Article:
Monday, 09 January 2012
By Tom Degun
January 9 – Visually impaired Northern Ireland sprinter Jason Smyth (pictured) has vowed never to turn his back on the Paralympics despite the fact that he is closing in on a place at the London 2012 Olympics.
The 24-year-old from Derry announced himself to the world by claiming gold in the T13 100 and 200 metres at the Beijing 2008 Paralympics, smashing the world record in both races.
Smyth went on to make history as the first Paralympian to compete at an able-bodied European Championships, where he reached the 100m semi-finals, before he went to the able-bodied World Athletics Championships in Daegu, alongside fellow Paralympic sprinter Oscar Pistorius, and narrowly missed out on a semi-final place.
Smyth is now back in training at the National Training Centre in Clermont, Florida alongside high profile stable mate Tyson Gay as he looks to secure Olympic qualification but he admits that the Paralympics will be a huge priority for him whatever happens.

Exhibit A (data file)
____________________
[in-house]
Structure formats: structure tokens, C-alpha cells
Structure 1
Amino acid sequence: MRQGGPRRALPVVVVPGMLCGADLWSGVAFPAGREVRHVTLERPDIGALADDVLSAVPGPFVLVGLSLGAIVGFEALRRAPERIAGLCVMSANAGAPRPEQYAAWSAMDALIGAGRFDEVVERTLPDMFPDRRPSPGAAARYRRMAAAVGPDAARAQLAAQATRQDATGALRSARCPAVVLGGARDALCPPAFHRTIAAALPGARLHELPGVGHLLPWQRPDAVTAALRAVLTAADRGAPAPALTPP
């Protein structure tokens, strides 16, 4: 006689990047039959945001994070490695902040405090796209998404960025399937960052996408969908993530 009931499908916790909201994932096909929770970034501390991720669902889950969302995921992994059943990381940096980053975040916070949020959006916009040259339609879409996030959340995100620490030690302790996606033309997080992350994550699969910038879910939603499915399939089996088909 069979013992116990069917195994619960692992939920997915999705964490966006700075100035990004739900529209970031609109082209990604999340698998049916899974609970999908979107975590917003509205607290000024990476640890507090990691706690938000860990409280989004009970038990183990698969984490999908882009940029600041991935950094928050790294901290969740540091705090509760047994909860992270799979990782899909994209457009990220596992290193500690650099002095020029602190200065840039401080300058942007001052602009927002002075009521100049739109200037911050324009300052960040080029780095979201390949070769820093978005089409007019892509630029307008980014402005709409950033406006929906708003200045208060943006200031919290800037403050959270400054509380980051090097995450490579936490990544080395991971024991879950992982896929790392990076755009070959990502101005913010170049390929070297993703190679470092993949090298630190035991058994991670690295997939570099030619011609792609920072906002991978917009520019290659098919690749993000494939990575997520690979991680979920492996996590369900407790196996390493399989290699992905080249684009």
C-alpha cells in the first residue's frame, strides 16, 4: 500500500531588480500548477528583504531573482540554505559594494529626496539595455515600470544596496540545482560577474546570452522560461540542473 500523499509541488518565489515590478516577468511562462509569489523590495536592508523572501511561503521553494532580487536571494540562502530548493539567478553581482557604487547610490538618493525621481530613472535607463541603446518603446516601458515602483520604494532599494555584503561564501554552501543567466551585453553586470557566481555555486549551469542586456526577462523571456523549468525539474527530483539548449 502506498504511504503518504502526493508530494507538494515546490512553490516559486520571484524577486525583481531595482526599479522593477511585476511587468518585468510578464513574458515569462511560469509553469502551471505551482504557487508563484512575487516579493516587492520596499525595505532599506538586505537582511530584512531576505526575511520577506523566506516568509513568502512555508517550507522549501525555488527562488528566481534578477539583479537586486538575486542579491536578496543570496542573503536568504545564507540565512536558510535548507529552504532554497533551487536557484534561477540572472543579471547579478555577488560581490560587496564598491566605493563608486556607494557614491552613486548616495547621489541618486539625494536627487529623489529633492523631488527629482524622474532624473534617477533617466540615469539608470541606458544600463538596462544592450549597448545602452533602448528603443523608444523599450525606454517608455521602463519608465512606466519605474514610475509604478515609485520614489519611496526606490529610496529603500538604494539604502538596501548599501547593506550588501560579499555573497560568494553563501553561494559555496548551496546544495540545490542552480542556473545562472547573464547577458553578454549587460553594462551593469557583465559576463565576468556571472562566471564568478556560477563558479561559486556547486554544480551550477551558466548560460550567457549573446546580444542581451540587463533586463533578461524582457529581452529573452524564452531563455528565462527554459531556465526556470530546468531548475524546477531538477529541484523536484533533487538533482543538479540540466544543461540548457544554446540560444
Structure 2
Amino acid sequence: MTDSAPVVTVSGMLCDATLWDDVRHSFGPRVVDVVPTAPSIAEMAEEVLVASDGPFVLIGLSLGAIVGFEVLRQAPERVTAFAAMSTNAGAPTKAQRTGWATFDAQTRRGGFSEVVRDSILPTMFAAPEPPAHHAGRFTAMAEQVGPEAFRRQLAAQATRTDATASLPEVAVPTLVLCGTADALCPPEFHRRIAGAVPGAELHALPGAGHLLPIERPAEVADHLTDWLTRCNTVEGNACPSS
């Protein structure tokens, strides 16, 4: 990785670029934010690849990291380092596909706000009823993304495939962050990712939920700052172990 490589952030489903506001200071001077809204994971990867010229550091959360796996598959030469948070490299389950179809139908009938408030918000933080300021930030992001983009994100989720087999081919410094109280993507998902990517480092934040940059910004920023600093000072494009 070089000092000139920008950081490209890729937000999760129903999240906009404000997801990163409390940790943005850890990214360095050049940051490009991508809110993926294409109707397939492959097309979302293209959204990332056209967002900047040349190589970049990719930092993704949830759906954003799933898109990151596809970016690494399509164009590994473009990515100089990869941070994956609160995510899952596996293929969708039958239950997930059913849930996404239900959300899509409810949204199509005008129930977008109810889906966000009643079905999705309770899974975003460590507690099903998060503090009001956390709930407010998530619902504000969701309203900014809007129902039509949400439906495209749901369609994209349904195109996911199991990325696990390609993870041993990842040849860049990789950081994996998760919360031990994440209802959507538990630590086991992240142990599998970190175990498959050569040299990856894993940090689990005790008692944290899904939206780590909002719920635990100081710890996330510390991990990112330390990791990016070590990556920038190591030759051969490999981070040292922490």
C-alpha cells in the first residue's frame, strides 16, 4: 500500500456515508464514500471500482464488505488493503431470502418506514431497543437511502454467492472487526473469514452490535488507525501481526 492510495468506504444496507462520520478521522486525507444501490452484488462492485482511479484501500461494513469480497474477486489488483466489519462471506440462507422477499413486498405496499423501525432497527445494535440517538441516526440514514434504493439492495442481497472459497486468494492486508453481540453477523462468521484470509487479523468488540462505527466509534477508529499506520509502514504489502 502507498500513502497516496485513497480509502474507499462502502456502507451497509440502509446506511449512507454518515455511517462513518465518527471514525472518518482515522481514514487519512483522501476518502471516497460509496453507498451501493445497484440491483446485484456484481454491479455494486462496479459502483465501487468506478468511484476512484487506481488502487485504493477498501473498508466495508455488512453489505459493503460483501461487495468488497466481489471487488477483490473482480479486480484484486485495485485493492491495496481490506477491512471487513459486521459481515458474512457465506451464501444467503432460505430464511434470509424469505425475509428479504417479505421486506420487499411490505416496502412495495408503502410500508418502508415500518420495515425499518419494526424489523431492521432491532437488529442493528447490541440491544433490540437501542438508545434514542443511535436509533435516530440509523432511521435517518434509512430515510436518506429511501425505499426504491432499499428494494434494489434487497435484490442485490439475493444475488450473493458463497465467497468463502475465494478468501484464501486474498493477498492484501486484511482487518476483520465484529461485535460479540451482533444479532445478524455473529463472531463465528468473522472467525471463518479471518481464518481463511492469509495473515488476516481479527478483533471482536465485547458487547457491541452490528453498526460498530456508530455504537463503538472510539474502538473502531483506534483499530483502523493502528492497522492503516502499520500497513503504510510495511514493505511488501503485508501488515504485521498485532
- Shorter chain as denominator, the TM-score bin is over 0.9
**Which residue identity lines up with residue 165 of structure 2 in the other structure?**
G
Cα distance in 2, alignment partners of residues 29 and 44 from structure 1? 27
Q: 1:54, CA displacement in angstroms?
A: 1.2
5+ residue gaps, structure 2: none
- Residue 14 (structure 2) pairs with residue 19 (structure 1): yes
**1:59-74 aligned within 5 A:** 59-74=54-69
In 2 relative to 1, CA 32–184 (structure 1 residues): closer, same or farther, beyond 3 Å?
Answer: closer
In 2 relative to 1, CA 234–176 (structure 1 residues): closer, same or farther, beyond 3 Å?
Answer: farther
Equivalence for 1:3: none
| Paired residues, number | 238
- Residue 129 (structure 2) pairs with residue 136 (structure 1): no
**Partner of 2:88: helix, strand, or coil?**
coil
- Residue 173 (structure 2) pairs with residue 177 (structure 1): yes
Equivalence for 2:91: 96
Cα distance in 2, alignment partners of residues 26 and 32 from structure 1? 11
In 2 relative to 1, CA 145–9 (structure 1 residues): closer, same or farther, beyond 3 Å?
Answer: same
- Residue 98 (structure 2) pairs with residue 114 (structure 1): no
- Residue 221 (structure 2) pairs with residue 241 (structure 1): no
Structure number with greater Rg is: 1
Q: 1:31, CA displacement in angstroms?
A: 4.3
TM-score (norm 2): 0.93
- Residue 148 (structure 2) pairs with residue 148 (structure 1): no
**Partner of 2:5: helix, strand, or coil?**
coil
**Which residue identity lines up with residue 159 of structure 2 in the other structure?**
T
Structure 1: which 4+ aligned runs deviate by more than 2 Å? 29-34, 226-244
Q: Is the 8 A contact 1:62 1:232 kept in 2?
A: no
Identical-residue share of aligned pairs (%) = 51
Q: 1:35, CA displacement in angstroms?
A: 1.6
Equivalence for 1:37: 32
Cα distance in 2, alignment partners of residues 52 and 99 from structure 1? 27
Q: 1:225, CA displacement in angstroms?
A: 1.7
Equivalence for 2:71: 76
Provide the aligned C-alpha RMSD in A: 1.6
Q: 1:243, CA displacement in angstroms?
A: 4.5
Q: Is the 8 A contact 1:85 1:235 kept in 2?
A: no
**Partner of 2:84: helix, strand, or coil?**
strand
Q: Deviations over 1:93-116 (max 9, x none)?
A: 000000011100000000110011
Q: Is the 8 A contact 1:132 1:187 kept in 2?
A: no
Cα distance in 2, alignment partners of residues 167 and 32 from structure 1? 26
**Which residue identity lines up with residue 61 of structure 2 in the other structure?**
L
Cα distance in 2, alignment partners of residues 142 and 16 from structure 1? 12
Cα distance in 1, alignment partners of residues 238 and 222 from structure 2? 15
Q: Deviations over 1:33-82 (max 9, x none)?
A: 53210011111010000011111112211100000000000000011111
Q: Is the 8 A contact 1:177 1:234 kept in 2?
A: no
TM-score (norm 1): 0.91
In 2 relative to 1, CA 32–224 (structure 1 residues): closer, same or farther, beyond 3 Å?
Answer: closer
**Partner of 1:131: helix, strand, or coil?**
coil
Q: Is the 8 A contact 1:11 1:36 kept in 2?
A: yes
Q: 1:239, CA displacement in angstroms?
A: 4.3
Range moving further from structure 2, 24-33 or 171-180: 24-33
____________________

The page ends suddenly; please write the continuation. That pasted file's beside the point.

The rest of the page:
“I’ll never stop with the Paralympics,” Smyth told the Irish Independent.
“That’s where it started and no matter what I’ll be, I’ll always be a Paralympic athlete.
“Winning two gold medals at Beijing, you’re always going to want to go back to that.
“The Olympics is a target to reach for.
“You have to aim high or you won’t push yourself [but] I’m never going to treat Paralympics any differently.
“It’s been massive to me and it’s always going to be extremely important.”
Smyth’s 100m personal best of 10.22sec is just four-hundredths of a second shy of the 10.18 that he needs to qualify for the 2012 Olympics and he is confident that training in Florida with the likes of Gay, Keston Bledman, Nickel Ashmeade and Travis Padgett will help him achieve his goal early in the year.
“I’ve been here the last couple of years so I know what I’m getting myself in for,” he said.
“I’ve noticed how much harder we train out here, just the volume and the intensity.
“Athletes are very, very talented but I suppose hard work is part of the reason why the Caribbeans and the Americans are the best in the world.
“At home, the reality is we don’t have the facilities, we don’t have the weather and the athletes to train with.
“So there can’t be many better places in the world to learn.”